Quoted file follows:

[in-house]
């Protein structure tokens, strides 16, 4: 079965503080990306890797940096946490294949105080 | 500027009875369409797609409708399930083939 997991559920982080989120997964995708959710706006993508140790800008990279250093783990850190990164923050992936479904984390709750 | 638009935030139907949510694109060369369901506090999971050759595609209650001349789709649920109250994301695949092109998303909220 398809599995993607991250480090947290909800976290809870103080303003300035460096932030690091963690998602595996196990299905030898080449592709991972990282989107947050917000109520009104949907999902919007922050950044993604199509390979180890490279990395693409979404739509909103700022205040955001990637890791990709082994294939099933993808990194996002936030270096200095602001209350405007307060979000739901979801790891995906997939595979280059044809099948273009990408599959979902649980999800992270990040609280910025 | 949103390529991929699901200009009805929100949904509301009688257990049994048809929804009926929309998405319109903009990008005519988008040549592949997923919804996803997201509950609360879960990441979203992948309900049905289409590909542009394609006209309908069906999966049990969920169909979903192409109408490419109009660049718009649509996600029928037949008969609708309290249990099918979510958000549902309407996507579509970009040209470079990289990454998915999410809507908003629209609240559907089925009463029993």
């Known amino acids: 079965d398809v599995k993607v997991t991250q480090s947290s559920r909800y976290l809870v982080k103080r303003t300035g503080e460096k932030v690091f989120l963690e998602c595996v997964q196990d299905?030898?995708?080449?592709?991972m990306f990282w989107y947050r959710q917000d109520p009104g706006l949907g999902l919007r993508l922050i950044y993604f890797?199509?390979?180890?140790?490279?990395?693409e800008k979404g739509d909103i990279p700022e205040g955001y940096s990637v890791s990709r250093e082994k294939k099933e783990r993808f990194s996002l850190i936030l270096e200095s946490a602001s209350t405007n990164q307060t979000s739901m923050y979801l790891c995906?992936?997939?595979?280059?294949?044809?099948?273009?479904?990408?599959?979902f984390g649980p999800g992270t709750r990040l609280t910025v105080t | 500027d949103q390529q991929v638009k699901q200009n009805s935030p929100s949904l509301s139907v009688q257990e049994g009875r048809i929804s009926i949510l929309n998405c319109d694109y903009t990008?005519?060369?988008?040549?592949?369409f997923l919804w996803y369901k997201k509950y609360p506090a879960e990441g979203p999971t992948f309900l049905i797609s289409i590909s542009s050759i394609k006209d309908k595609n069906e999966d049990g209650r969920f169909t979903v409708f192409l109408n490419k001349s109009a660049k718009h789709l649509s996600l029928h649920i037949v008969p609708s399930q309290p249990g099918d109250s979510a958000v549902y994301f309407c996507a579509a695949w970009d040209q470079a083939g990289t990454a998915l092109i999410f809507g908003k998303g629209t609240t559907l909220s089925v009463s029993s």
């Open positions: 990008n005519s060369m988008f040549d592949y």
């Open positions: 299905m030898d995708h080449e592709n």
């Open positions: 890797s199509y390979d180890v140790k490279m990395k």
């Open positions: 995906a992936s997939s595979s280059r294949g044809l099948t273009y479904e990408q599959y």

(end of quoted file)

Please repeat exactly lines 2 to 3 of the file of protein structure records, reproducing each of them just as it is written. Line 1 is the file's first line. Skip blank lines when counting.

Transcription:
């Protein structure tokens, strides 16, 4: 079965503080990306890797940096946490294949105080 | 500027009875369409797609409708399930083939 997991559920982080989120997964995708959710706006993508140790800008990279250093783990850190990164923050992936479904984390709750 | 638009935030139907949510694109060369369901506090999971050759595609209650001349789709649920109250994301695949092109998303909220 398809599995993607991250480090947290909800976290809870103080303003300035460096932030690091963690998602595996196990299905030898080449592709991972990282989107947050917000109520009104949907999902919007922050950044993604199509390979180890490279990395693409979404739509909103700022205040955001990637890791990709082994294939099933993808990194996002936030270096200095602001209350405007307060979000739901979801790891995906997939595979280059044809099948273009990408599959979902649980999800992270990040609280910025 | 949103390529991929699901200009009805929100949904509301009688257990049994048809929804009926929309998405319109903009990008005519988008040549592949997923919804996803997201509950609360879960990441979203992948309900049905289409590909542009394609006209309908069906999966049990969920169909979903192409109408490419109009660049718009649509996600029928037949008969609708309290249990099918979510958000549902309407996507579509970009040209470079990289990454998915999410809507908003629209609240559907089925009463029993």
């Known amino acids: 079965d398809v599995k993607v997991t991250q480090s947290s559920r909800y976290l809870v982080k103080r303003t300035g503080e460096k932030v690091f989120l963690e998602c595996v997964q196990d299905?030898?995708?080449?592709?991972m990306f990282w989107y947050r959710q917000d109520p009104g706006l949907g999902l919007r993508l922050i950044y993604f890797?199509?390979?180890?140790?490279?990395?693409e800008k979404g739509d909103i990279p700022e205040g955001y940096s990637v890791s990709r250093e082994k294939k099933e783990r993808f990194s996002l850190i936030l270096e200095s946490a602001s209350t405007n990164q307060t979000s739901m923050y979801l790891c995906?992936?997939?595979?280059?294949?044809?099948?273009?479904?990408?599959?979902f984390g649980p999800g992270t709750r990040l609280t910025v105080t | 500027d949103q390529q991929v638009k699901q200009n009805s935030p929100s949904l509301s139907v009688q257990e049994g009875r048809i929804s009926i949510l929309n998405c319109d694109y903009t990008?005519?060369?988008?040549?592949?369409f997923l919804w996803y369901k997201k509950y609360p506090a879960e990441g979203p999971t992948f309900l049905i797609s289409i590909s542009s050759i394609k006209d309908k595609n069906e999966d049990g209650r969920f169909t979903v409708f192409l109408n490419k001349s109009a660049k718009h789709l649509s996600l029928h649920i037949v008969p609708s399930q309290p249990g099918d109250s979510a958000v549902y994301f309407c996507a579509a695949w970009d040209q470079a083939g990289t990454a998915l092109i999410f809507g908003k998303g629209t609240t559907l909220s089925v009463s029993s």